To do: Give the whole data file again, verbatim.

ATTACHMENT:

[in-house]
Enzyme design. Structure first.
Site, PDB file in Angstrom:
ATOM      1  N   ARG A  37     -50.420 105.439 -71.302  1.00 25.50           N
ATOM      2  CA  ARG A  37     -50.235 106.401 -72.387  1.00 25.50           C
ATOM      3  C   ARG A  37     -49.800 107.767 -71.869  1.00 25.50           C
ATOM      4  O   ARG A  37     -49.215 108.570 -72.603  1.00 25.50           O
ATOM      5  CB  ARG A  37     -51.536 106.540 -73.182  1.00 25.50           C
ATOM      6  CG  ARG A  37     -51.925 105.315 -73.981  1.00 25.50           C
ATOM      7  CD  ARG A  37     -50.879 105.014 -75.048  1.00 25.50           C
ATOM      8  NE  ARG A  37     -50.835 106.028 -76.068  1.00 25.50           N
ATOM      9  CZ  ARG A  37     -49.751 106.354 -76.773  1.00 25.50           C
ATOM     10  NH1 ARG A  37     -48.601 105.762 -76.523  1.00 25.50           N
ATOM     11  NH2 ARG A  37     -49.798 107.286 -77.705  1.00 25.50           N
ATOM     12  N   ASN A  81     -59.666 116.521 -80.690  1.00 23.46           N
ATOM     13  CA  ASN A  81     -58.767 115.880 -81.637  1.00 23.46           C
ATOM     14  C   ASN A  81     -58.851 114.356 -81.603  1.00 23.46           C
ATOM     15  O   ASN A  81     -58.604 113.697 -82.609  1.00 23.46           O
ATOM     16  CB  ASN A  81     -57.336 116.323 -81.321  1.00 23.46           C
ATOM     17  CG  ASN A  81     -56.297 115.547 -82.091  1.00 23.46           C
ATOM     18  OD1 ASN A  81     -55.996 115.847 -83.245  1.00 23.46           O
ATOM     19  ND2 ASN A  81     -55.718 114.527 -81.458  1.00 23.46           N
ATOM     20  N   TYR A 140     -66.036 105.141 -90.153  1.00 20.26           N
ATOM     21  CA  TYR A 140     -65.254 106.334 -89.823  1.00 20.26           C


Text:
[in-house]
Enzyme design. Structure first.
Site, PDB file in Angstrom:
ATOM      1  N   ARG A  37     -50.420 105.439 -71.302  1.00 25.50           N
ATOM      2  CA  ARG A  37     -50.235 106.401 -72.387  1.00 25.50           C
ATOM      3  C   ARG A  37     -49.800 107.767 -71.869  1.00 25.50           C
ATOM      4  O   ARG A  37     -49.215 108.570 -72.603  1.00 25.50           O
ATOM      5  CB  ARG A  37     -51.536 106.540 -73.182  1.00 25.50           C
ATOM      6  CG  ARG A  37     -51.925 105.315 -73.981  1.00 25.50           C
ATOM      7  CD  ARG A  37     -50.879 105.014 -75.048  1.00 25.50           C
ATOM      8  NE  ARG A  37     -50.835 106.028 -76.068  1.00 25.50           N
ATOM      9  CZ  ARG A  37     -49.751 106.354 -76.773  1.00 25.50           C
ATOM     10  NH1 ARG A  37     -48.601 105.762 -76.523  1.00 25.50           N
ATOM     11  NH2 ARG A  37     -49.798 107.286 -77.705  1.00 25.50           N
ATOM     12  N   ASN A  81     -59.666 116.521 -80.690  1.00 23.46           N
ATOM     13  CA  ASN A  81     -58.767 115.880 -81.637  1.00 23.46           C
ATOM     14  C   ASN A  81     -58.851 114.356 -81.603  1.00 23.46           C
ATOM     15  O   ASN A  81     -58.604 113.697 -82.609  1.00 23.46           O
ATOM     16  CB  ASN A  81     -57.336 116.323 -81.321  1.00 23.46           C
ATOM     17  CG  ASN A  81     -56.297 115.547 -82.091  1.00 23.46           C
ATOM     18  OD1 ASN A  81     -55.996 115.847 -83.245  1.00 23.46           O
ATOM     19  ND2 ASN A  81     -55.718 114.527 -81.458  1.00 23.46           N
ATOM     20  N   TYR A 140     -66.036 105.141 -90.153  1.00 20.26           N
ATOM     21  CA  TYR A 140     -65.254 106.334 -89.823  1.00 20.26           C